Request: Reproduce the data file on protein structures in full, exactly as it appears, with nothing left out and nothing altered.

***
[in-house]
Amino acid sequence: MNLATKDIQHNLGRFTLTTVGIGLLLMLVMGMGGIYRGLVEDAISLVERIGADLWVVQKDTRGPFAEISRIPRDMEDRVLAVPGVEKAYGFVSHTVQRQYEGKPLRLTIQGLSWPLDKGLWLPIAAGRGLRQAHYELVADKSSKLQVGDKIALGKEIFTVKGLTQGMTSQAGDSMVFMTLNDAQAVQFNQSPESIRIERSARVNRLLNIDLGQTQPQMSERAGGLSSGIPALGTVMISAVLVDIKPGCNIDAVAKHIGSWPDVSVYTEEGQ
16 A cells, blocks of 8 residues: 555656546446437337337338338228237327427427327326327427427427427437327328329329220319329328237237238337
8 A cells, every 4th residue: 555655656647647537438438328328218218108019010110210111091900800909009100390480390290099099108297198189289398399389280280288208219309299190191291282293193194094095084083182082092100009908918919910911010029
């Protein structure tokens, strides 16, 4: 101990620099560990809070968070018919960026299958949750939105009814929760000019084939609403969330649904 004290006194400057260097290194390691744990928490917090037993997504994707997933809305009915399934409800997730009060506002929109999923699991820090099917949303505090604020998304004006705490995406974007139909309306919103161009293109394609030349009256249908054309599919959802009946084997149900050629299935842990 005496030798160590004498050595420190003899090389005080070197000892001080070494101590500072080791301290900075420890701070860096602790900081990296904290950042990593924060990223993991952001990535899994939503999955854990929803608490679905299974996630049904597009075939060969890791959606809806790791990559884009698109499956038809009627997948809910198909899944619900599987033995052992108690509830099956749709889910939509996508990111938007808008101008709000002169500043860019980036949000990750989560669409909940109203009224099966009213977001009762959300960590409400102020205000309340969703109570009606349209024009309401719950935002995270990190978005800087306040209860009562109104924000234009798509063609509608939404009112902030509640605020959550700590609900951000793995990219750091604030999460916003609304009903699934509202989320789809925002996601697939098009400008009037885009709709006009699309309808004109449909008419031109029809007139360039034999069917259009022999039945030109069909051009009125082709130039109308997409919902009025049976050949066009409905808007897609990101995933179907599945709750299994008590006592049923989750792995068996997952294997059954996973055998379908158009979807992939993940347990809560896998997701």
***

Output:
[in-house]
Amino acid sequence: MNLATKDIQHNLGRFTLTTVGIGLLLMLVMGMGGIYRGLVEDAISLVERIGADLWVVQKDTRGPFAEISRIPRDMEDRVLAVPGVEKAYGFVSHTVQRQYEGKPLRLTIQGLSWPLDKGLWLPIAAGRGLRQAHYELVADKSSKLQVGDKIALGKEIFTVKGLTQGMTSQAGDSMVFMTLNDAQAVQFNQSPESIRIERSARVNRLLNIDLGQTQPQMSERAGGLSSGIPALGTVMISAVLVDIKPGCNIDAVAKHIGSWPDVSVYTEEGQ
16 A cells, blocks of 8 residues: 555656546446437337337338338228237327427427327326327427427427427437327328329329220319329328237237238337
8 A cells, every 4th residue: 555655656647647537438438328328218218108019010110210111091900800909009100390480390290099099108297198189289398399389280280288208219309299190191291282293193194094095084083182082092100009908918919910911010029
């Protein structure tokens, strides 16, 4: 101990620099560990809070968070018919960026299958949750939105009814929760000019084939609403969330649904 004290006194400057260097290194390691744990928490917090037993997504994707997933809305009915399934409800997730009060506002929109999923699991820090099917949303505090604020998304004006705490995406974007139909309306919103161009293109394609030349009256249908054309599919959802009946084997149900050629299935842990 005496030798160590004498050595420190003899090389005080070197000892001080070494101590500072080791301290900075420890701070860096602790900081990296904290950042990593924060990223993991952001990535899994939503999955854990929803608490679905299974996630049904597009075939060969890791959606809806790791990559884009698109499956038809009627997948809910198909899944619900599987033995052992108690509830099956749709889910939509996508990111938007808008101008709000002169500043860019980036949000990750989560669409909940109203009224099966009213977001009762959300960590409400102020205000309340969703109570009606349209024009309401719950935002995270990190978005800087306040209860009562109104924000234009798509063609509608939404009112902030509640605020959550700590609900951000793995990219750091604030999460916003609304009903699934509202989320789809925002996601697939098009400008009037885009709709006009699309309808004109449909008419031109029809007139360039034999069917259009022999039945030109069909051009009125082709130039109308997409919902009025049976050949066009409905808007897609990101995933179907599945709750299994008590006592049923989750792995068996997952294997059954996973055998379908158009979807992939993940347990809560896998997701």